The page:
While the SAM has a lot of different culturally diverse programs and venues, the Frye Art Museum showcases the world of modeling and sculpture. It also offers visitors chances to learn more with special lectures. The current showcase includes a course that provides “in-depth explorations of historic, modern, and contemporary art through illustrated lectures and discussions. Art historian Kolya Rice offers a fresh and insightful look at American art from the nineteenth century to the present in Masters of American Art.”
If your interests lean more towards history, you should visit the Museum of History and Industry (MOHAI). Its mission is to “enrich lives by preserving, sharing and teaching the diverse history of Seattle, the Puget Sound region and the nation,” and it does this by showcasing artifacts and exhibits that bring history to life.
One current exhibit is And Now for Something Completely Different, which “honors some of the most quirky … and the most scary” artifacts housed in the MOHAI archives. It includes everything from a woman’s hat with turkey legs on top to scarificator used in bloodletting.
Serious foodies should head over to the Burke Museum for one of their newest exhibits: Salish Bounty—Traditional Native American Foods of Puget Sound. The exhibit “connects archaeological and historical research about thousands of years of food traditions in the Puget Sound area to current efforts to revitalize these food traditions in the region.” It includes historic photos, real food ingredients, audio and video of Coast Salish people talking about food, and artifacts from the Burke collection that have never before been exhibited in public.
If you’re in the mood to go out and do something instead of wandering around a gallery all day, go to the Center for Wooden Boats down at Lake Union. You can rent a boat to take out for the day, or if you feel like you’re not quite up to that, you can take a class instead.
The sun is shining, the air is fresh and crisp, and you’re inside staring at a newspaper. True, going to school during the week keeps you indoors, and living in the Pacific Northwest means that the weather is often a tad damper than you would hope, but it’s time to get out there anyways! And don’t just go outside; go outside and help make the environment a better place.
Because of habitat loss, litter, and the spread of invasive species, state and city parks need volunteers to help improve their wooded areas. Volunteers mulch, clean up litter, learn about forest ecology, remove invasive plants and plant native species. The Seattle-based Nature Consortium leads teams in restoring urban forests and currently focuses on the West Duwamish Greenbelt in West Seattle. They hold work parties from 10am-2pm on Tuesdays, Thursdays and Saturdays. Go to http://www.naturec.org/programs/forest-restoration/ to learn more and to RSVP.
Clean Up a Beach
The same miles of shoreline that you love to go to in the summer get literally trashed during the winter. You can either organize a work party yourself (most parks will provide cleaning supplies) and pick up litter, or find an existing event to attend. Discovery Park in the Magnolia area is seeking volunteers for their Celebrate the Animals Beach Cleanup on May 19th from 1 to 4pm. To register for the Discovery Park clean up, email firstname.lastname@example.org. You can find more beach cleanup events in Seattle by searching the event calendar at http://www.seattle.gov/parks/calendar/volunteer.htm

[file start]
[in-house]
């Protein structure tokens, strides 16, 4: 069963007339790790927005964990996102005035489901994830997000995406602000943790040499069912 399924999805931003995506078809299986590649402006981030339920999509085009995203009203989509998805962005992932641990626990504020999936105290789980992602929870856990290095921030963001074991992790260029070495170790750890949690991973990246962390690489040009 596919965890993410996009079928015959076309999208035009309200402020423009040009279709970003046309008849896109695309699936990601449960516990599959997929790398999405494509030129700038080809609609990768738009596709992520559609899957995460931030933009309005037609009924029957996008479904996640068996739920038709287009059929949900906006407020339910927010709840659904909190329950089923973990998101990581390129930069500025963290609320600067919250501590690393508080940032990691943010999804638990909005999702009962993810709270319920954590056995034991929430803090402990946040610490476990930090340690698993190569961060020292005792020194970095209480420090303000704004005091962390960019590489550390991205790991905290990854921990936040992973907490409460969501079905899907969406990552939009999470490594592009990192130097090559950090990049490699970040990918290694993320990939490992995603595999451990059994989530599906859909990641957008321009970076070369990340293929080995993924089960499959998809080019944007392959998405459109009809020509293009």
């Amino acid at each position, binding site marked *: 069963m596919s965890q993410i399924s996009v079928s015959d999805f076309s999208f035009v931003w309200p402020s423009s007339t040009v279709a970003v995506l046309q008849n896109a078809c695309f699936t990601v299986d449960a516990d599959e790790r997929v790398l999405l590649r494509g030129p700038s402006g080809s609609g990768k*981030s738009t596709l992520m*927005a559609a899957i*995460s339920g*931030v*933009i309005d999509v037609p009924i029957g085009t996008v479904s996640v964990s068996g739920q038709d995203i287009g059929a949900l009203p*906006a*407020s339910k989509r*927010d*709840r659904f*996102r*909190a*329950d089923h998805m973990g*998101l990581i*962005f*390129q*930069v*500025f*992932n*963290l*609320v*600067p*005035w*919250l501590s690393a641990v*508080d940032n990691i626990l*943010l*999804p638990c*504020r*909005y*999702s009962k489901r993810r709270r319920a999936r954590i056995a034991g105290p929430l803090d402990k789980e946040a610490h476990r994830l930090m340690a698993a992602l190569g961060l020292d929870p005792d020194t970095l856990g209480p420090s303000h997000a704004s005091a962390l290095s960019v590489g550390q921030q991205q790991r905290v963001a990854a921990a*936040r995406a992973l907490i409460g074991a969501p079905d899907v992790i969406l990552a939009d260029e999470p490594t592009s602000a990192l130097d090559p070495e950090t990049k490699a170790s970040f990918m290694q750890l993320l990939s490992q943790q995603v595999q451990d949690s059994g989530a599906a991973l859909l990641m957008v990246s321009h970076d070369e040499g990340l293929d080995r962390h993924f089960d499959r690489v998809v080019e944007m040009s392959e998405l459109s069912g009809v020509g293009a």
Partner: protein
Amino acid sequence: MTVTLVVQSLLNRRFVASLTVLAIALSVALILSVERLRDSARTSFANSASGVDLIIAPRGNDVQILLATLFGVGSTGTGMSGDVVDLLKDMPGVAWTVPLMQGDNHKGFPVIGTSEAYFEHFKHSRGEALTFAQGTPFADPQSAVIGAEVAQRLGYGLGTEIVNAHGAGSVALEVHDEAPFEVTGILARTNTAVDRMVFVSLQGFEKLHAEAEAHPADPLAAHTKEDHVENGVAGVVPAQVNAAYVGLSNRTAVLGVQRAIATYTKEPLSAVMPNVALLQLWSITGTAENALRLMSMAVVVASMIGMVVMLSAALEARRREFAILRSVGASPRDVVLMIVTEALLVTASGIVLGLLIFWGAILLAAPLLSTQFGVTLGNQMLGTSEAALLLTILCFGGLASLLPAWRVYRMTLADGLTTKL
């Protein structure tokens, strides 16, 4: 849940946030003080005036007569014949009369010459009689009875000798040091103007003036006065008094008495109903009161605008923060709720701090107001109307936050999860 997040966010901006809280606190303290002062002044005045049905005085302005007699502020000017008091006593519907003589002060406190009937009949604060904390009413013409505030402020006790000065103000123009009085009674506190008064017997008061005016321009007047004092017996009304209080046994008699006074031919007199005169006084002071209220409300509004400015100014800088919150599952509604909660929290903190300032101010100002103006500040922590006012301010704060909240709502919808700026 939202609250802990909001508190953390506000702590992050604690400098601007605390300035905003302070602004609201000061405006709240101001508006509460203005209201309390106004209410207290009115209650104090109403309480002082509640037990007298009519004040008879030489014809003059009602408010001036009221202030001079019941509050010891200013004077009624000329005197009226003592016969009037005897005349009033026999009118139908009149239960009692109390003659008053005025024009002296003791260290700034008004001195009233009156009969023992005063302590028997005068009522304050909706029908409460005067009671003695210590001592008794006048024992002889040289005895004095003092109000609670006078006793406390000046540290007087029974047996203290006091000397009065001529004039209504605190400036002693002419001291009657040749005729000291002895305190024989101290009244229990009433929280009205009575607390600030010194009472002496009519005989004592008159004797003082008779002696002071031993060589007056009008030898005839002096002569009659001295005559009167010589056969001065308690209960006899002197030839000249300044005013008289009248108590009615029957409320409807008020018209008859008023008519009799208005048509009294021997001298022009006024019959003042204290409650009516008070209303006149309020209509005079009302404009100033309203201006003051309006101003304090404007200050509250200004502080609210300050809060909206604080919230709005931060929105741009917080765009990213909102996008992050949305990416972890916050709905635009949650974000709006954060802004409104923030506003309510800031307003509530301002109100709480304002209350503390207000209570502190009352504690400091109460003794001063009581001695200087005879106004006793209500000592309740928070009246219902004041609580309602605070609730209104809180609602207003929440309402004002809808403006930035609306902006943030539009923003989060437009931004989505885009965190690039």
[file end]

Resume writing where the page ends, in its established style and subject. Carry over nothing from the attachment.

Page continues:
Join EarthCorps As a Volunteer
EarthCorps is a global nonprofit that trains young adults in leadership and conservation techniques while providing volunteer opportunities and restoring local habitats. You have to be 18 to join the corps, but you can still volunteer with local restoration projects. They provide all the tools and education necessary to get the job done, so don’t be shy if you don’t have much experience doing this kind of work. They have opportunities all over the greater Puget Sound area, so go to http://www.earthcorps.org/volunteer.php to sign up.
Walk or Ride a Bike Instead of Driving
When you drive everywhere, not only are you contributing to pollution, you’re wasting an opportunity to get some fresh air. Many local cities are taking huge strides in making streets safer for cyclists by creating bike lanes and encouraging drivers to be aware of cyclist. Exercising by riding your bike or walking is a small thing you can do to help make a big difference for the environment. If you’re not willing to or unable to ride a bike to get around, at the very least make it possible for others to do so by giving cyclists three feet of space when driving around or near them. Bike to Work Week is May 14-18; participate by biking when possible (and when safe). Additionally, Seattle Parks and recreation hosts “Bicycle Sunday” each week along Lake Washington Blvd May through September. Learn more at http://www.seattle.gov/parks/bicyclesunday/
Restore Your Backyard
Change starts with you, so instead of (or in addition to) volunteering to help improve a park or beach, clean up your yard. Plant a tree. Buy a seedling at a local plant sale or farmers market, and learn about how to plant and take care of it. If you don’t have much yard space, or aren’t ready to take on the task alone, consider starting a group project. Community pea patches bring together communities to take care of a garden together.